Gen_udp server stuck in send

We have a production system with a gen_udp server that forwards the messages it receives:

sendq(Socket, Addr, Port) ->
        Data -> gen_udp:send(Socket, Addr, Port, Data)
    % yield in case of code reloading.
    after 1000 -> ok
    ?MODULE:sendq(Socket, Addr, Port).

We believe the the process was stuck and the queue was growing. We checked the queue multiple times and we only saw it growing. We couldn’t identify why it wasn’t progressing with the queue, but we were able to get some information and a core dump before restarting the system.

(prod@prod)1> erlang:process_info(<0.728.0>). 
 {garbage_collection,[{max_heap_size,#{error_logger => true,kill => true,size => 0}},
(prod@prod)3> rp(erlang:process_info(<0.728.0>, backtrace)).
{backtrace,<<"Program counter: 0x00007f91ab078830 (prim_inet:do_sendto/4 + 568)\ny(0)     []\ny(1)     []\ny(2)     []\ny(3)     #Port<0.95>\ny(4)     []\n\n0x00007f813f761cb8 Return addr 0x00007f813f761ce0 (unknown function)\n\n0x00007f813f761cc0 Return addr 0x00007f90e243fc44 (udp_server:sendq/3 + 196)\ny(0)     6050\ny(1)     {224,122,0,50}\ny(2)     #Port<0.95>\n\n0x00007f813f761ce0 Return addr 0x0000000000000000 (invalid)\n\n0x00007f813f761ce8 Return addr 0x00007f91ab518e38 (<terminate process normally>)\n">>}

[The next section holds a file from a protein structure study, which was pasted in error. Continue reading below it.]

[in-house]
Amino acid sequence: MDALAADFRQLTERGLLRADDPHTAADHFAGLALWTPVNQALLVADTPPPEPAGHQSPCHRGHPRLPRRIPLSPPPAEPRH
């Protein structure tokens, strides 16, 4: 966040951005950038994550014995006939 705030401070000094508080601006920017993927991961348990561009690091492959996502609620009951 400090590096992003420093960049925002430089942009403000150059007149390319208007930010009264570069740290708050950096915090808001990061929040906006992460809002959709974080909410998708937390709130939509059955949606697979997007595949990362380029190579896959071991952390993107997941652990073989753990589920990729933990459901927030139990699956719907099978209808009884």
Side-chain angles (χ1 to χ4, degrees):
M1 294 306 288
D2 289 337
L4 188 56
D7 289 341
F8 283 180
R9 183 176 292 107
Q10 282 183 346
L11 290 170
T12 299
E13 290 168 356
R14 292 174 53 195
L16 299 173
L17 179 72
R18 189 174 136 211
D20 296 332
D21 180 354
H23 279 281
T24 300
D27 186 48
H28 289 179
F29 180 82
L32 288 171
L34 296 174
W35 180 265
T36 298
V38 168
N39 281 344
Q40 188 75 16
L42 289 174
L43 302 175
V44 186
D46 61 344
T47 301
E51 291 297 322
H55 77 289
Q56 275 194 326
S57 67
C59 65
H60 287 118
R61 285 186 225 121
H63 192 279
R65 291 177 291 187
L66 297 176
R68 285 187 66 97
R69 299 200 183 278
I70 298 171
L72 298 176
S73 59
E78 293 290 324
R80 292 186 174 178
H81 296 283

I was trying to figure out if the OS was slow processing the messages or if we sent a big message and that was causing the process to appear stuck. I tried to inspect the MessageQueue of the process with gdb, but I might be doing something wrong:

(gdb) set $etp_pmem_proc = ((Process *) 0x7f90eb35f1c0)
(gdb) etp-process-info-x $etp_pmem_proc
  Pid: <0.728.0>
  State: running | active | prq-prio-normal | usr-prio-normal | act-prio-normal